Staring at numbers and charts on a screen all day might sound dull, but the ladder can become highly addictive—a vast, confounding, ever-changing, zero-sum game played against some of the sharpest minds in the world for potentially limitless rewards. Every win releases a dopamine rush. Every loss is a blow. Adrenaline and cortisol course through the veins.
Scalpers analyze the ladder for clues as to whether prices will rise or fall. To take the most basic example, if the total number of offers to sell significantly outweighs the number of bids, supply would seem to outstrip demand, and it might be reasonable to conclude the price will go down. But there’s also the question of who placed the orders and why. An international pension fund executing a billion-dollar transaction, for example, will have a more significant impact on prices than a bunch of speculative scalpers. Electronic trading is anonymous, but good traders are able to build a sense of whom they’re up against and react accordingly.
With his left hand hovering over his keyboard and his right hand on the mouse, Sarao bought and sold futures at an astounding rate. “I know it sounds ridiculous, but he was like one of the robots in Westworld or Neo from The Matrix or something,” recalls Leif Cid, who spent time at Futex in 2007 and 2008.
Sarao’s swashbuckling exploits in the market stood out because they were so at odds with the way he lived his life. He barely withdrew anything from his trading account to live on, preferring to let it accumulate like a high score. He’d long ago ditched his ill-fitting work attire in favor of tracksuit pants and cheap sweaters that he wore for days on end. For lunch, or, more accurately, dinner, he ate supermarket sandwiches or a Filet-O-Fish from McDonald’s. He barely drank, didn’t smoke, had no love life to speak of, and when the rest of the office decamped to O’Neill’s pub every Friday, he stayed behind to continue trading.
The closest thing to a bible for the traders at Futex was Reminiscences of a Stock Operator by Edwin Lefèvre. Published in 1923, it recounts the early life and wisdom of Jesse Livermore, an American trading guru who went from watching prices on a bucket shop ticker tape at 14 to making and losing a fortune many times over. It was said that Livermore could “read the tape”—that is, he could look at price movements in a security or future and accurately predict where it was heading based on his careful study of past behavior.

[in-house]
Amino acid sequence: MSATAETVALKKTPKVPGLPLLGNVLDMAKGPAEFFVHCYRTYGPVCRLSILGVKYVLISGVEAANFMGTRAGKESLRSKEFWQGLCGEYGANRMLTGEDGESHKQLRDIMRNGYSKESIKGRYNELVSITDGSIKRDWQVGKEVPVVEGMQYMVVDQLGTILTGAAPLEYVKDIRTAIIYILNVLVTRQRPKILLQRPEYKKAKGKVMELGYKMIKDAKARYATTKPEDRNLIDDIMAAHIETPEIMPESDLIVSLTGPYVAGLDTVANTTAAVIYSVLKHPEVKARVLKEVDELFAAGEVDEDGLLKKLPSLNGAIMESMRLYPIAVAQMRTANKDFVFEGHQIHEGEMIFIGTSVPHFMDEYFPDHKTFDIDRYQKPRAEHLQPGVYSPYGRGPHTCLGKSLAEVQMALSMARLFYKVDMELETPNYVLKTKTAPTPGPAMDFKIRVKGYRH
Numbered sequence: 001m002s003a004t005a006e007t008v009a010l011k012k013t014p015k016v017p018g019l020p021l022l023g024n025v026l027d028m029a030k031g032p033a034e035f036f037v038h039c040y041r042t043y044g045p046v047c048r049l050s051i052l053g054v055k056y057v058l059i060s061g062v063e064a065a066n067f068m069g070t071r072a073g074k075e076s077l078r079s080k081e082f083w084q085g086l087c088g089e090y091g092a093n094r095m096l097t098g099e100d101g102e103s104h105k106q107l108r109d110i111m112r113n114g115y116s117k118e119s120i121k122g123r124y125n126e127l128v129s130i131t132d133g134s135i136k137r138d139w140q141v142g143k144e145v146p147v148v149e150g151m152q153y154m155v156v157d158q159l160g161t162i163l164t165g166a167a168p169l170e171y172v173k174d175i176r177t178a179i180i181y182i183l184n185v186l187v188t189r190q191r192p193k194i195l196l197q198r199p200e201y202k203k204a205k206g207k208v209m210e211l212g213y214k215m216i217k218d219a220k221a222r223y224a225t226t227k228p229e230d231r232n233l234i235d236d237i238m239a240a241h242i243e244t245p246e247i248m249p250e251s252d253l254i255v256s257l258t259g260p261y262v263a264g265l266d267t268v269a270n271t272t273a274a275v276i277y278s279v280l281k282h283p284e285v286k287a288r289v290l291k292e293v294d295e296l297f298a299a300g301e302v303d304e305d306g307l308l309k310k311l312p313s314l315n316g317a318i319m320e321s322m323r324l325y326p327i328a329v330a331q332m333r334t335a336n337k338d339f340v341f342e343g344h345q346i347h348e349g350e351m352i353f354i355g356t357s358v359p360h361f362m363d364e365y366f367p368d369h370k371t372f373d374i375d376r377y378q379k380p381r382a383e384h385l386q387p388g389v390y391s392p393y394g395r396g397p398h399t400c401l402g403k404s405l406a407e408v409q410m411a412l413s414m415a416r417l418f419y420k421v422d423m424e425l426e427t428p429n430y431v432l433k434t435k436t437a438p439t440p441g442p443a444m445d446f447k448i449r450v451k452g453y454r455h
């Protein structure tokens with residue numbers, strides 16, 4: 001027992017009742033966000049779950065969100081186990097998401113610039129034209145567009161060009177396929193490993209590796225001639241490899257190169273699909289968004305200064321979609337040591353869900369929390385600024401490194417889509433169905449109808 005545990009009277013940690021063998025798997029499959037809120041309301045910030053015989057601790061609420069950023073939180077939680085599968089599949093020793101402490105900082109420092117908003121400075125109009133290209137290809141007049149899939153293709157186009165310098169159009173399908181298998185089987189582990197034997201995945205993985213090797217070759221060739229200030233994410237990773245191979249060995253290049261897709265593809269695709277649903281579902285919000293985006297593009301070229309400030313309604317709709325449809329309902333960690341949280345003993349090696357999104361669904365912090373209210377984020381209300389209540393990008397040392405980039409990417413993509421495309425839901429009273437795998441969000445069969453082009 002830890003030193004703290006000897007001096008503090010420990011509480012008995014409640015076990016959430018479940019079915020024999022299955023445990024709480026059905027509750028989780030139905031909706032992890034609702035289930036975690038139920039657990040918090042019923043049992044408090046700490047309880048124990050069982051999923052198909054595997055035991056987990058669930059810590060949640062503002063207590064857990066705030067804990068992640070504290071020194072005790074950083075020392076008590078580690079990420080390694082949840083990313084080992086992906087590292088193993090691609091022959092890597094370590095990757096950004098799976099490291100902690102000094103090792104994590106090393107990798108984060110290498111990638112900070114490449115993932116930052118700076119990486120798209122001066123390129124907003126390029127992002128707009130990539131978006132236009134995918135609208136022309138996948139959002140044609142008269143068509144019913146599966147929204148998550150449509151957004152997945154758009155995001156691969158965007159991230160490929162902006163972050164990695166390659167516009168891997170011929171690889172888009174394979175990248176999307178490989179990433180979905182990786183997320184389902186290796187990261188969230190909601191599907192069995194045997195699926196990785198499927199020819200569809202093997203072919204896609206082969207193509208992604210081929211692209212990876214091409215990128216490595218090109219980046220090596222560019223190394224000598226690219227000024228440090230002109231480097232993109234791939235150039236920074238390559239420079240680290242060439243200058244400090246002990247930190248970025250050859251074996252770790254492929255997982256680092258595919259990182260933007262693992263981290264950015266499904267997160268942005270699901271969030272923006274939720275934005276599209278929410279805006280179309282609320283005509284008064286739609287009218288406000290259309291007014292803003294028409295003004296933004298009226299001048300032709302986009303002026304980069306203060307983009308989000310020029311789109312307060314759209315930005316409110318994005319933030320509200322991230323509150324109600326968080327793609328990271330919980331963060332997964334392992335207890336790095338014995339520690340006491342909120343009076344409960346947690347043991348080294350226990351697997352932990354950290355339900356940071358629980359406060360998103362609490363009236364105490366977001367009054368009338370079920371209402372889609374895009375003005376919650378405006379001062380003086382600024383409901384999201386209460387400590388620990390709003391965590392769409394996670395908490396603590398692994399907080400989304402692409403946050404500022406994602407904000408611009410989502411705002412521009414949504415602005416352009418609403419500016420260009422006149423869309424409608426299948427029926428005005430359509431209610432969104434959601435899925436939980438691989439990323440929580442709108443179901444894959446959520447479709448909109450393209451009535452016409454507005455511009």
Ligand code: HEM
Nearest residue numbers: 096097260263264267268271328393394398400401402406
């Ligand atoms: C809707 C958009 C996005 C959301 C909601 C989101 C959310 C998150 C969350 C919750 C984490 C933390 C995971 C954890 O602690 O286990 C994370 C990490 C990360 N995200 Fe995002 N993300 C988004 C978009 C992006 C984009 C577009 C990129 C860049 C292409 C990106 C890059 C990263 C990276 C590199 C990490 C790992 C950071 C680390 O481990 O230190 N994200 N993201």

Sarao may not have reached the same heights as Livermore, and his lifestyle was certainly more abstemious than that of the freewheeling, three-times-married playboy, but years later, his peers at Futex would point out some striking parallels. Both started out with nothing on the fringes of finance and had photographic memories; both could divorce emotion from their decisions and were willing to risk ruin for a shot at glory; both prided themselves on the conviction of their calls and hated discussing trading with anyone else lest their instincts be contaminated.
They would both also end up inextricably linked to market crashes. Livermore, who earned $100 million shorting stocks in 1929—the equivalent of more than $1 billion today—ended up squandering it all and shooting himself in the head in the cloakroom of the Sherry-Netherland Hotel in Manhattan in 1940. For those paying attention, Livermore’s life is a cautionary tale about the dangers of blind obsession and the perils of tying your destiny too tightly to the whims of the market. The traders at Futex only ever talked about his legendary skills.
As time went on, even the most skillful humans would find it harder to profit from reading the ladder. The computerized high-frequency traders coming into the market were too fast. It was then that Sarao, who left Futex to trade from home, would turn his skills to gaming the game itself.
Excerpted from Flash Crash: A Trading Savant, a Global Manhunt, and the Most Mysterious Market Crash in History, by Liam Vaughan, published by Doubleday on May 12, 2020.